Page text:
On the other hand “ach so” is about understanding something. It normally follows an explanation of some sorts and is placed inside of a talk. If somebody suddenly called: “Ach so!” without context, there would be astranged looks from the spectators. Insofar it is a bad translation of “Heureka!”.
So you will find that “ach so” will never open a discussion while “na so was” or “na nu” very much can, especially if you are in a Scooby Doo movie looking around at an attic.

dalyag
dalyag
5 years ago
Reply to  person243

Danke für die Erklärung!

Valentin
Valentin
5 years ago

Hello, I am happy to be here. I spent almost the whole last night (until 5 AM) reading articles here. I just could not help but keeping reading, so interesting is the way of writing. So for me it is a great gift the membership I received from the scholarship fund raised by the well-intentioned already existing peers.

I speak Romanian as my mother language, Russian and English by catching them somehow from the environment and some basic French which I learned in school. But only now I start to become really fascinated by how people speaking totally different languages apparently, invented, developed and used in fact the same mechanisms (for the languages I speak at least). I could found grammar an interesting matter before also, but now, with so in-depth and all-round explanations, and with this tone of writing which makes you feel the sincere “wish of good”, I feel honored to be in contact with you and really became I fascinated and very enthusiastic about learning German. The path that you show demands itself to be followed with the strongest will from our side. Congratulations, and thank you for making use of your talent and for increasing our faith in humanity! Best wishes and best regards!

Anonymous
Anonymous
5 years ago

Ach soo? Thanks Emanuel… I will definitely try to stick with it and try Assimil as well. Vielen Dank! :-)

Anonymous
Anonymous
5 years ago
Reply to  Anonymous

Oh Btw, check this out…..not the same as your lesson for the day, but good for a chuckle :-) comment image?odnHeight=450&odnWidth=450&odnBg=FFFFFF

Fran
5 years ago
Reply to  Anonymous

Oh, don’t quit! I started studying in March, to prepare for a trip to Berlin in May. I did a lot of on-line work (Memrise and Duo Lingo), plus worked with teachers on Italki.com. I knew I’d be nowhere near fluent, but I wanted to at least be able to ask directions and exchange pleasantries. I enjoyed it so much, that I’ve kept on. I’ll struggle along, then suddenly a few things will pop together — like recognizing separable verbs or *finally* remembering a couple of words that I recognized but could never place. It’s very exciting when those bits and pieces happen. I do some other things, like find YouTube videos with English subtitles (The Heute Show is the German equivalent of The Daily Show and some of them have English subtitles) Yabla.com is another on-line resource that has a huge library of subtitled videos at all levels. And radio.garden is an on-line wonderment! It live streams radio stations from around the world. I tune into some German stations and let them play like I would any other radio station. I don’t try to translate, more to just get used to hearing German as it is used daily. It’s not hard to figure out ads. If you want to try reading the Learning German with Stories series on Kindle is really nice. A series of books with 10 short stories about a young Italian guy moving around Germany while he tries to learn the language and get a job. Lots of notes on vocabulary and very witty stories.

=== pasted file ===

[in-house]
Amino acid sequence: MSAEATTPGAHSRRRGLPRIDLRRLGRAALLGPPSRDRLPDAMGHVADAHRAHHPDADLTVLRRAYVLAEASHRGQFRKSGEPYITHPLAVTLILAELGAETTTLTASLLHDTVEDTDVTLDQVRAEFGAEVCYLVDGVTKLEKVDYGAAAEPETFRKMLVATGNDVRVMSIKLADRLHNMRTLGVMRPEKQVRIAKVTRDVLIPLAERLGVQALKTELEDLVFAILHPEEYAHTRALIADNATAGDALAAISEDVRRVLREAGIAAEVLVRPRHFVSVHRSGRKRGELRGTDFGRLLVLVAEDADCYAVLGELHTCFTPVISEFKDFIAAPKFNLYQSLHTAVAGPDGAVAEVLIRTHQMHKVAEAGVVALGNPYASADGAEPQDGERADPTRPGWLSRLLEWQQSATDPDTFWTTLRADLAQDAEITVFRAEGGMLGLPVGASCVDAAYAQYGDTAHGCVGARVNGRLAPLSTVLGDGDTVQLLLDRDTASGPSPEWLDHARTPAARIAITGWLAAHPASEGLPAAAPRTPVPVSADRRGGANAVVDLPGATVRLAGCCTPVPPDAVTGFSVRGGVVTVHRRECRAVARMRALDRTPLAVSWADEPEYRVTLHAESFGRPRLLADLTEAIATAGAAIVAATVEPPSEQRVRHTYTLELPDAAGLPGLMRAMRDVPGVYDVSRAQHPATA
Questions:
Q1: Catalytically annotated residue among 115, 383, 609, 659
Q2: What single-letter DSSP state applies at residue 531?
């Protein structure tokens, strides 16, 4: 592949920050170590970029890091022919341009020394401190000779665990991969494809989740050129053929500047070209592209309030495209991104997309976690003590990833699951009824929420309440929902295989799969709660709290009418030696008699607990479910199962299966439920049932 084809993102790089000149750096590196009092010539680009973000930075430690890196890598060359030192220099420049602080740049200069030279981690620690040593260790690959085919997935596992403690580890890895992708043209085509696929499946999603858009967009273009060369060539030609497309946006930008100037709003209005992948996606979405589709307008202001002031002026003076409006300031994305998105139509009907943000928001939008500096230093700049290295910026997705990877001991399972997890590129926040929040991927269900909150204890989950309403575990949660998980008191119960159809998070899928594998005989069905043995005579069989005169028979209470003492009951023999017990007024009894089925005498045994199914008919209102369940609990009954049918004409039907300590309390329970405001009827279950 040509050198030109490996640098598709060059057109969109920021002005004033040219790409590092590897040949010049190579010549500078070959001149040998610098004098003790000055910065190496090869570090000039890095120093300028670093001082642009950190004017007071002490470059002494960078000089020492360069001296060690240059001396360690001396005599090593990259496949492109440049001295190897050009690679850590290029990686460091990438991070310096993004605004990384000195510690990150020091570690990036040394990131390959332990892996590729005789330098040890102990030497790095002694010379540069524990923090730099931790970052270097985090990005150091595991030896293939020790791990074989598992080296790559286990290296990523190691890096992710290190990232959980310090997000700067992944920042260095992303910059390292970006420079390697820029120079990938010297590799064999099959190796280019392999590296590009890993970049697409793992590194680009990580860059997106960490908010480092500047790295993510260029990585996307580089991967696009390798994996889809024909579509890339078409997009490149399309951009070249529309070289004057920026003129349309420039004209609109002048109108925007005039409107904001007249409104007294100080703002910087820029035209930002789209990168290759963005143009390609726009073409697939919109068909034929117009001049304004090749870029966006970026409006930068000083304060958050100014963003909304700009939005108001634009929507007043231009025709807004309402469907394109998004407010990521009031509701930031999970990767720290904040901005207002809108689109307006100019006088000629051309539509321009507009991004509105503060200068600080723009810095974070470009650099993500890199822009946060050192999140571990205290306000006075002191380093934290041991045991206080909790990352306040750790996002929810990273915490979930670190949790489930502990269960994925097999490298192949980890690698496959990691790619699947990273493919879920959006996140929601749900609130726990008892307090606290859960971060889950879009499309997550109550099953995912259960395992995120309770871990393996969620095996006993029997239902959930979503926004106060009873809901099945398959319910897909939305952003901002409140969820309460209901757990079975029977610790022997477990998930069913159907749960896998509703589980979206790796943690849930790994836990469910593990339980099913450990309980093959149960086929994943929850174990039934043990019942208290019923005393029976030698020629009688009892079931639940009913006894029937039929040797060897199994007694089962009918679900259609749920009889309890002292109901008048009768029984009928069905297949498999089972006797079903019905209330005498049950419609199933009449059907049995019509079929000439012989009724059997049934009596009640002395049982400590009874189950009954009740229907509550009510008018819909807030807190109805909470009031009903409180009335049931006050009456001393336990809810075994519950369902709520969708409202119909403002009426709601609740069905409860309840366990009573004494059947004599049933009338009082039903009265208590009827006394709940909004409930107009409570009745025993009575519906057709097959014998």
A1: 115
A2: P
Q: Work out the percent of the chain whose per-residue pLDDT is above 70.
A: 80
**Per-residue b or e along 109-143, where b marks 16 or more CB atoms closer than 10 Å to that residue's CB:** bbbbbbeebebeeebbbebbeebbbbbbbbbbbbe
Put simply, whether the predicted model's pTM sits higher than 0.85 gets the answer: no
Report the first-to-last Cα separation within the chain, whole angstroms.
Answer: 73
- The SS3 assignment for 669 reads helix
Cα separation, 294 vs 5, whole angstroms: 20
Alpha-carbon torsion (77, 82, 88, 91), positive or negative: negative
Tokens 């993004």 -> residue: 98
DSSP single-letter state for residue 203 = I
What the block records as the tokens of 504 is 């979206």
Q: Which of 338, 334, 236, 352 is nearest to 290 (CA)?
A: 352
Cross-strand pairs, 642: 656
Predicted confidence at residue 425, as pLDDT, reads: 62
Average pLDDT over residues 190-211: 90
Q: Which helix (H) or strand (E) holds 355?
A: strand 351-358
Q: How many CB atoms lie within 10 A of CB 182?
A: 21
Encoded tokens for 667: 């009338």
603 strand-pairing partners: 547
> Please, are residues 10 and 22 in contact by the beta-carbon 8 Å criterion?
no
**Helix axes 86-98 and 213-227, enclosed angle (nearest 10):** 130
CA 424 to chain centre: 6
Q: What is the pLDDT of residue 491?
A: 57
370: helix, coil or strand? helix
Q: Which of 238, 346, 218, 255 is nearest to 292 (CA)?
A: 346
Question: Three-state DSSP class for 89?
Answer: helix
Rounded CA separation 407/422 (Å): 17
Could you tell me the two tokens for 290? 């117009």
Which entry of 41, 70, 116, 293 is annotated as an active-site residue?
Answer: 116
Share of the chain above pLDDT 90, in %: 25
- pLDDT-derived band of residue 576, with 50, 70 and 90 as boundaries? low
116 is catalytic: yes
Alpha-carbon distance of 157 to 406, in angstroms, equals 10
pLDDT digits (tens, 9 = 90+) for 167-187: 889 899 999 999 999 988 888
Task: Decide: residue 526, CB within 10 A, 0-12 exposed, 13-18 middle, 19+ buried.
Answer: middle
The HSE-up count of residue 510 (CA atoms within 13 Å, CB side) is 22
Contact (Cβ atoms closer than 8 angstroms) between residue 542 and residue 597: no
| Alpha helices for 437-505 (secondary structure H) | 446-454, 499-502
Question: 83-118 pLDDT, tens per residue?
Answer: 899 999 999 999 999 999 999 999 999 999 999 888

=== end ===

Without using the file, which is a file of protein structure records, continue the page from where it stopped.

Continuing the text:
Anonymous
Anonymous
5 years ago

Yes I have tried your online courses as well and I consider myself in the very beginner level. It is so difficult trying to remember to all the different pronouns because of the male/feminine words etc. Not to mention trying to pronounce all the long words Germans are so famous for. Is there an easy trick to accomplish this seemingly impossible task? Other than giving up?

Anonymous
Anonymous
5 years ago

Hi Emanuel…….I have a question for you. As a teacher, how long does it usually take for you to teach one of your non German speaking students to be proficient in the German language? Even with some of these “easy” exercises, I seem to be lost. Maybe I am a getting old or a slow learner or both….I feel discouraged because I am lagging behind. :-(

Katrin Knauer
Katrin Knauer
5 years ago

The Scots say it, too, and so does my American husband sometimes – ach is GREAT :-)

Derek Hardman
Derek Hardman
5 years ago

Es hat mich lange gedauert, “ach” richtig zu verstehen. Aber jetzt sehe ich wie nützlich es sein kann. Einerseits ist es quasi ein Satzzeichen (!, ?, usw.). Anderseits gibt es einer Äuserung zusäztliche emotionalen Untertöne.

5 years ago

In Ireland, they say “ach well”.
A sort of resignation, and/or a reply to a statement of the obvious.

“We cannot go out to play today, because its raining”.
“ach well”.( I did not want to go out anyway, AND it is ALWAYS raining)

berlingrabers
5 years ago
Reply to  Emanuel

Definitely. I think it’s pretty common in Scotland, too. “Ach” has seeped into my English too…

Jen
Jen
5 years ago

Danke, ich habe mich mal gefragt wie genau ich “ach” verwenden kann. Ich habe auch “ach komm schon!” gehört. Ich annehme, dass man sowas sagt, wenn man ein bisschen verärgert oder ungeduldig ist.